While waiting for help to arrive, Erdley remained with the unconscious Betsy. Uafinda, however saw the man who approached Erdley leave the core and became suspicious. He followed the man up the stairs. He continued to follow the fleeing man out of the library but the daylight had faded into night by this time and Uafinda lost the man. A student library employee witnessed a man rushing out of the library with a black man following. The library employee was able to give a description of the man to police and a sketch was made. 

The screams of Erdley were heard and another library employee raced to a phone to call for help. The time was 5:01 p.m. when a pair of student paramedics were dispatched from the Ritenour Health Center. The two arriving medics were told they were responding to a girl who had fainted in the library. Upon arriving at the scene, the two medics parted through the small crowd that had gathered and felt for a pulse. One thought he felt one and the two medics lifted Betsy on a gurney and exited through the core on a service elevator.  

At the health center, chest compressions were still being administered on Betsy. Only then, did the attending doctor notice more blood appearing with each chest compression. The chest compressions were ordered stopped, as it was obvious something far worse than fainting was wrong with Betsy. At 5:19 p.m. the attending doctor declared 22-year-old Betsy Aardsma dead.  

Not knowing anything beyond someone fainted in the library and caused a mess, library staff began cleaning the scene. The books were picked up and placed back on the shelf and a mop was used to clean the floor. Any physical evidence left at the scene was now gone.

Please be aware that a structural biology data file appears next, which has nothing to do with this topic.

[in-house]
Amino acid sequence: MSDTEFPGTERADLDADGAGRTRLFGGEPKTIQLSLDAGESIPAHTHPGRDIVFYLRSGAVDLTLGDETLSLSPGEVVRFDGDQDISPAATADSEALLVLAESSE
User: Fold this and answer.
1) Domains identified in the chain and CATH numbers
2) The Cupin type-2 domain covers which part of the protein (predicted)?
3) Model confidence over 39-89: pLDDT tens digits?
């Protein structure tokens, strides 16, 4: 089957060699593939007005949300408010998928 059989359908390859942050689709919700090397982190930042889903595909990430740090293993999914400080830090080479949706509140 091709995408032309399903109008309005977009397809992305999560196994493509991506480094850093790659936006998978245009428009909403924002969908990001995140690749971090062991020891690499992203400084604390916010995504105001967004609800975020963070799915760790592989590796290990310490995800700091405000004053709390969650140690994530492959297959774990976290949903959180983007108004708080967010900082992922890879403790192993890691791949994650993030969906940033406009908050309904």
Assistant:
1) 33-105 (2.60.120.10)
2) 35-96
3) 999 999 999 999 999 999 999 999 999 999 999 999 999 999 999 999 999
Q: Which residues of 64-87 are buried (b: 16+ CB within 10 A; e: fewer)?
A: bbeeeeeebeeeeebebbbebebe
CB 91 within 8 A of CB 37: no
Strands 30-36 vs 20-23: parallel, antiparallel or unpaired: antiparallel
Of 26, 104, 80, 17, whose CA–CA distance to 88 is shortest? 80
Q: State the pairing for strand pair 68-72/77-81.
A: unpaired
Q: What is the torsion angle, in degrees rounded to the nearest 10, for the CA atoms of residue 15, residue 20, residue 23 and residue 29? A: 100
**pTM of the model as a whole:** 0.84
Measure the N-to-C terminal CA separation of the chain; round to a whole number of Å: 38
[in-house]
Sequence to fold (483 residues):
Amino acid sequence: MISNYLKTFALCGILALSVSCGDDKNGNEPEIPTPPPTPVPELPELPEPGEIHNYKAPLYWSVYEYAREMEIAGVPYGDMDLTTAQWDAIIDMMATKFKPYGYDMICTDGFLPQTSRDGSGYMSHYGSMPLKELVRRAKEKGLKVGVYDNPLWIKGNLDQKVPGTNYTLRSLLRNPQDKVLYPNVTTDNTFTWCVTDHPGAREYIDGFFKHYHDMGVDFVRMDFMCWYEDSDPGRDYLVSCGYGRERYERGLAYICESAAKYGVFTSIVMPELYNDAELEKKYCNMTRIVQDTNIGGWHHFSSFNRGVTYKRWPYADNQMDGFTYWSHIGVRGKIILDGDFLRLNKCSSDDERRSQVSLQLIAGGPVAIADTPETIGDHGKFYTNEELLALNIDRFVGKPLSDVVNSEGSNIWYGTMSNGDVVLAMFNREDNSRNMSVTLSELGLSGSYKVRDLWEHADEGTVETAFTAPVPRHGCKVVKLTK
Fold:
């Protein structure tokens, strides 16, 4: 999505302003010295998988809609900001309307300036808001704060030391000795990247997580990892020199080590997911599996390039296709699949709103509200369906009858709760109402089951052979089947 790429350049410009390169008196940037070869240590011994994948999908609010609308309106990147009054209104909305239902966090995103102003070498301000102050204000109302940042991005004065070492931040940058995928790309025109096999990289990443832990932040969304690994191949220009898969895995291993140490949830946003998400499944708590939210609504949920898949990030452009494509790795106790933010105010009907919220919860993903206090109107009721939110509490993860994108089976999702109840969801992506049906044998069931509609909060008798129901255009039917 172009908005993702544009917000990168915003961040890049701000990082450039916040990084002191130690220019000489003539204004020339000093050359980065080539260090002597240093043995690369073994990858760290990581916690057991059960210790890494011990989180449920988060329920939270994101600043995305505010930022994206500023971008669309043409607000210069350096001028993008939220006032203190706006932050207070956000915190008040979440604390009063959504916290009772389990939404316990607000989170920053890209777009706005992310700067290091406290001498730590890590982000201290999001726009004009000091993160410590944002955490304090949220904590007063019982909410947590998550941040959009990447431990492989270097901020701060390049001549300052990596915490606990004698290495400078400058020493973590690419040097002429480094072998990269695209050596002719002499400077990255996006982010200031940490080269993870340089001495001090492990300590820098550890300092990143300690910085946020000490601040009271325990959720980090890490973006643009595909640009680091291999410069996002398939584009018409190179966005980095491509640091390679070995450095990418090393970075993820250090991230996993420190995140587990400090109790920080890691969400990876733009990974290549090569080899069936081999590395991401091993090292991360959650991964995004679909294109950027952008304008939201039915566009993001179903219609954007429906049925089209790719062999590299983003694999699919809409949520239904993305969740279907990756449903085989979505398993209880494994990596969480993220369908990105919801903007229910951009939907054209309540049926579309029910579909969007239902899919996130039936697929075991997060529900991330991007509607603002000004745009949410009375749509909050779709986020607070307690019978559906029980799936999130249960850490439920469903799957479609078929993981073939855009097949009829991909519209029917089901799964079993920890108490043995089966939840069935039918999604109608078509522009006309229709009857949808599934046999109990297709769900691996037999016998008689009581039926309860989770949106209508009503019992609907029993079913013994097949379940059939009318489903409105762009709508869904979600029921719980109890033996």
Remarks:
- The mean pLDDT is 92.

Still not knowing the exact cause of death, the doctor at the health center, along with a member of the state police present, cut away Betsy’s bloody sweater and bra. It was then the cause of death had been discovered: a single stab wound to the chest. Betsy’s death was now ruled a homicide. The police ordered campus security to assist in gathering statements from anyone present at the library.  

Betsy’s body was transported to a nearby hospital for an autopsy within hours of her death. By 11 p.m. Dr. Thomas Magnani arrived at the hospital to determine the exact cause of death. The conclusions reached by Dr. Magnani shed some light on what happened in the stacks at Pattee Library.  

As mentioned before the aisle between bookshelves was too narrow for anyone to pass by another person without turning sideways. At the time of the murder, the bookshelves extended to the wall, so anyone would be unable to escape if need be. So this means Betsy’s killer could only have approached from one direction. The killer must have appeared to Betsy as either another student doing research or possibly someone she knew. Whoever it was obviously approached in a non-threating manner since no screams for help were heard.